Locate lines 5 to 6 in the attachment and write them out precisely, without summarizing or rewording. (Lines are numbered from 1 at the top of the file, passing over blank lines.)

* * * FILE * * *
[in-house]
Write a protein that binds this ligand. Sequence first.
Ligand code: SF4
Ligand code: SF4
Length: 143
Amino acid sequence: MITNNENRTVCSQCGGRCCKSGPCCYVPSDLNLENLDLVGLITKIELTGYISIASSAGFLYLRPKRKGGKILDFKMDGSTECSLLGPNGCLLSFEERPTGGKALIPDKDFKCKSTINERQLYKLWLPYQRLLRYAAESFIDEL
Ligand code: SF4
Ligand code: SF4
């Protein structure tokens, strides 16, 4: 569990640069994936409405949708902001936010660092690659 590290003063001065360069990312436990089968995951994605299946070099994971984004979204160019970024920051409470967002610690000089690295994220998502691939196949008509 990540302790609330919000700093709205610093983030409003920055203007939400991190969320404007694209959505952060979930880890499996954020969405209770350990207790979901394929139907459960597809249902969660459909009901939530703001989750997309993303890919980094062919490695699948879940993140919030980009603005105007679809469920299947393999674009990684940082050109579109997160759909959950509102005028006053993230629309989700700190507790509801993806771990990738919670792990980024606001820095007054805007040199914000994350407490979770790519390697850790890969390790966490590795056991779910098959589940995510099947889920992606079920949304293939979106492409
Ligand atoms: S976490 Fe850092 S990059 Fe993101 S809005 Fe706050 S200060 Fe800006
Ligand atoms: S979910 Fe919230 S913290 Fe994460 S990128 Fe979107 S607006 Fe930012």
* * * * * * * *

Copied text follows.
Length: 143
Amino acid sequence: MITNNENRTVCSQCGGRCCKSGPCCYVPSDLNLENLDLVGLITKIELTGYISIASSAGFLYLRPKRKGGKILDFKMDGSTECSLLGPNGCLLSFEERPTGGKALIPDKDFKCKSTINERQLYKLWLPYQRLLRYAAESFIDEL